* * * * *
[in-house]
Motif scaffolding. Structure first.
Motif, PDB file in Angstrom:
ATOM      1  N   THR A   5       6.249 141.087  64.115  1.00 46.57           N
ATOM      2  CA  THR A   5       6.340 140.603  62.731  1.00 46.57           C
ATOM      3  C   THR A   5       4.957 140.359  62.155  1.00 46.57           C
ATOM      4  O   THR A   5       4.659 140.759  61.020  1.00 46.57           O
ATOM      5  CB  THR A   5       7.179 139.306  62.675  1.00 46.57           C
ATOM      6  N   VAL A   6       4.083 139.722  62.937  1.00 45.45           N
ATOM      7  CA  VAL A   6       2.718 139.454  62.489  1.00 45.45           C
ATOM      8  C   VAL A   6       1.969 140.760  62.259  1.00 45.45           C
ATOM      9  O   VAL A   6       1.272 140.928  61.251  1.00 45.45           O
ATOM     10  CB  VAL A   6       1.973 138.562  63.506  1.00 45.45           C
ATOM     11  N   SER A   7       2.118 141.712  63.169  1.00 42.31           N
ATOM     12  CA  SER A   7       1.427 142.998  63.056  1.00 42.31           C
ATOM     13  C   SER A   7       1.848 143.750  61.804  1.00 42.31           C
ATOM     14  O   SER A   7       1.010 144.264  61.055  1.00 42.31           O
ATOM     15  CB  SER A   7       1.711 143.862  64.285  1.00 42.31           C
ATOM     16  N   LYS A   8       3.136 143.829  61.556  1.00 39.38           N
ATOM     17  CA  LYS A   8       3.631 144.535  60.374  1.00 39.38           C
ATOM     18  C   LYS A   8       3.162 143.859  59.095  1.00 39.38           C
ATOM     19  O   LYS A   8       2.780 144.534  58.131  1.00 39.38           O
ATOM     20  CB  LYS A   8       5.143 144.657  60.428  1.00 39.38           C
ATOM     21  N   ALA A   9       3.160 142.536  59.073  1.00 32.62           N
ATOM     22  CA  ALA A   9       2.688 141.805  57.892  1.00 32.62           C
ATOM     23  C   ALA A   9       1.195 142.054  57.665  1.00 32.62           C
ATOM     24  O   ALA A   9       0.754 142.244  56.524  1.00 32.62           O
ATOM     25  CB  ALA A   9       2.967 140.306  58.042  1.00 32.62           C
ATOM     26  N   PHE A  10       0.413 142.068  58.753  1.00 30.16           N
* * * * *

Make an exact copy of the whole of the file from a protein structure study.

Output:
[in-house]
Motif scaffolding. Structure first.
Motif, PDB file in Angstrom:
ATOM      1  N   THR A   5       6.249 141.087  64.115  1.00 46.57           N
ATOM      2  CA  THR A   5       6.340 140.603  62.731  1.00 46.57           C
ATOM      3  C   THR A   5       4.957 140.359  62.155  1.00 46.57           C
ATOM      4  O   THR A   5       4.659 140.759  61.020  1.00 46.57           O
ATOM      5  CB  THR A   5       7.179 139.306  62.675  1.00 46.57           C
ATOM      6  N   VAL A   6       4.083 139.722  62.937  1.00 45.45           N
ATOM      7  CA  VAL A   6       2.718 139.454  62.489  1.00 45.45           C
ATOM      8  C   VAL A   6       1.969 140.760  62.259  1.00 45.45           C
ATOM      9  O   VAL A   6       1.272 140.928  61.251  1.00 45.45           O
ATOM     10  CB  VAL A   6       1.973 138.562  63.506  1.00 45.45           C
ATOM     11  N   SER A   7       2.118 141.712  63.169  1.00 42.31           N
ATOM     12  CA  SER A   7       1.427 142.998  63.056  1.00 42.31           C
ATOM     13  C   SER A   7       1.848 143.750  61.804  1.00 42.31           C
ATOM     14  O   SER A   7       1.010 144.264  61.055  1.00 42.31           O
ATOM     15  CB  SER A   7       1.711 143.862  64.285  1.00 42.31           C
ATOM     16  N   LYS A   8       3.136 143.829  61.556  1.00 39.38           N
ATOM     17  CA  LYS A   8       3.631 144.535  60.374  1.00 39.38           C
ATOM     18  C   LYS A   8       3.162 143.859  59.095  1.00 39.38           C
ATOM     19  O   LYS A   8       2.780 144.534  58.131  1.00 39.38           O
ATOM     20  CB  LYS A   8       5.143 144.657  60.428  1.00 39.38           C
ATOM     21  N   ALA A   9       3.160 142.536  59.073  1.00 32.62           N
ATOM     22  CA  ALA A   9       2.688 141.805  57.892  1.00 32.62           C
ATOM     23  C   ALA A   9       1.195 142.054  57.665  1.00 32.62           C
ATOM     24  O   ALA A   9       0.754 142.244  56.524  1.00 32.62           O
ATOM     25  CB  ALA A   9       2.967 140.306  58.042  1.00 32.62           C
ATOM     26  N   PHE A  10       0.413 142.068  58.753  1.00 30.16           N